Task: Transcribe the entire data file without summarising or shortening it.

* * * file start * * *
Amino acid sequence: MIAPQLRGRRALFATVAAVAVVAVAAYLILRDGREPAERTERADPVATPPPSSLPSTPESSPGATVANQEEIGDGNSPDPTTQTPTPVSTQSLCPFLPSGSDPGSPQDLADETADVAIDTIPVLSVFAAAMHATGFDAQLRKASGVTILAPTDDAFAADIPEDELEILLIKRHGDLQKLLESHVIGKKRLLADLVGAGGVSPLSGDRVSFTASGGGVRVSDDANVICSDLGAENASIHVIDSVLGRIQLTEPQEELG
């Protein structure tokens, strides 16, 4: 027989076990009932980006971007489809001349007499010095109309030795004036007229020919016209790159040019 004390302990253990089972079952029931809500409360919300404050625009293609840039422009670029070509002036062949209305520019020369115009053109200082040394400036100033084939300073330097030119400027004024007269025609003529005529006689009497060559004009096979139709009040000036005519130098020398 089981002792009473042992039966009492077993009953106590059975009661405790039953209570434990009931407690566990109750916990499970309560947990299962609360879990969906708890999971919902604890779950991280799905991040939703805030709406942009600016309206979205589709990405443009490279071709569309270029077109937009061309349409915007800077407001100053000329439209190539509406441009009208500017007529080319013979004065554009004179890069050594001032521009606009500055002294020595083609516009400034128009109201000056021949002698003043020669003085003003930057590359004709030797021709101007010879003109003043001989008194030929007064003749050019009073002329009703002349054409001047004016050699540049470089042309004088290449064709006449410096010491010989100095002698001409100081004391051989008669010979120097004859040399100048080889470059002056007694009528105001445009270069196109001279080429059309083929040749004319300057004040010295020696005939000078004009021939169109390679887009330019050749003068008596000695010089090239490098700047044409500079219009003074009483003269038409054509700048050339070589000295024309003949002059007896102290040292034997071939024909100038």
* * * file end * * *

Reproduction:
Amino acid sequence: MIAPQLRGRRALFATVAAVAVVAVAAYLILRDGREPAERTERADPVATPPPSSLPSTPESSPGATVANQEEIGDGNSPDPTTQTPTPVSTQSLCPFLPSGSDPGSPQDLADETADVAIDTIPVLSVFAAAMHATGFDAQLRKASGVTILAPTDDAFAADIPEDELEILLIKRHGDLQKLLESHVIGKKRLLADLVGAGGVSPLSGDRVSFTASGGGVRVSDDANVICSDLGAENASIHVIDSVLGRIQLTEPQEELG
């Protein structure tokens, strides 16, 4: 027989076990009932980006971007489809001349007499010095109309030795004036007229020919016209790159040019 004390302990253990089972079952029931809500409360919300404050625009293609840039422009670029070509002036062949209305520019020369115009053109200082040394400036100033084939300073330097030119400027004024007269025609003529005529006689009497060559004009096979139709009040000036005519130098020398 089981002792009473042992039966009492077993009953106590059975009661405790039953209570434990009931407690566990109750916990499970309560947990299962609360879990969906708890999971919902604890779950991280799905991040939703805030709406942009600016309206979205589709990405443009490279071709569309270029077109937009061309349409915007800077407001100053000329439209190539509406441009009208500017007529080319013979004065554009004179890069050594001032521009606009500055002294020595083609516009400034128009109201000056021949002698003043020669003085003003930057590359004709030797021709101007010879003109003043001989008194030929007064003749050019009073002329009703002349054409001047004016050699540049470089042309004088290449064709006449410096010491010989100095002698001409100081004391051989008669010979120097004859040399100048080889470059002056007694009528105001445009270069196109001279080429059309083929040749004319300057004040010295020696005939000078004009021939169109390679887009330019050749003068008596000695010089090239490098700047044409500079219009003074009483003269038409054509700048050339070589000295024309003949002059007896102290040292034997071939024909100038």